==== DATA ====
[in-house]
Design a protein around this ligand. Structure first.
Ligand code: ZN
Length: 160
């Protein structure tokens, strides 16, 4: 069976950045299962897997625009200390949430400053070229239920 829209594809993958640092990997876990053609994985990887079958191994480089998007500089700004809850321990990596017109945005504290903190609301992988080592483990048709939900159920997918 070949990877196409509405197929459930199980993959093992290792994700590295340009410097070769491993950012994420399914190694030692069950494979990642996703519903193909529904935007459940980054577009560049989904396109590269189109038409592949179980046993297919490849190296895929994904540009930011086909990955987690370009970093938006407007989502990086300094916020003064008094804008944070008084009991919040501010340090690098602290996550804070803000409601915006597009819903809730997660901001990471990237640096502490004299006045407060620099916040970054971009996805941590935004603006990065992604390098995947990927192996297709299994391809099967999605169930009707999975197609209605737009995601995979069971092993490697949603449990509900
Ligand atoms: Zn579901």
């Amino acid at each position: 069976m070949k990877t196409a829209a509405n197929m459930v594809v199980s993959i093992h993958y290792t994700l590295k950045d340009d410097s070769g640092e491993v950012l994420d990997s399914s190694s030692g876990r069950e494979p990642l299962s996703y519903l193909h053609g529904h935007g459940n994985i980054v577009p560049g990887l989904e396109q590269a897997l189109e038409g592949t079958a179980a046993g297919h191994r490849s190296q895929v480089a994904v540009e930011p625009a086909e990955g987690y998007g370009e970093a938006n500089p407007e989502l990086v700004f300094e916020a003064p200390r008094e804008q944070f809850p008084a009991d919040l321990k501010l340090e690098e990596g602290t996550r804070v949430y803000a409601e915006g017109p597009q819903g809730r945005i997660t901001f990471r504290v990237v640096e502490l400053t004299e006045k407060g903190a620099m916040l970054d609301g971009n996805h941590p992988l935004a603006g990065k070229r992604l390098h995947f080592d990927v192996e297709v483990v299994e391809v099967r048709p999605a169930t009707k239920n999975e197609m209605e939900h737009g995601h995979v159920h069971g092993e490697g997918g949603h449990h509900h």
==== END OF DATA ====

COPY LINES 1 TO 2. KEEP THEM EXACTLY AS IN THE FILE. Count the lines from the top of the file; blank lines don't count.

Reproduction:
[in-house]
Design a protein around this ligand. Structure first.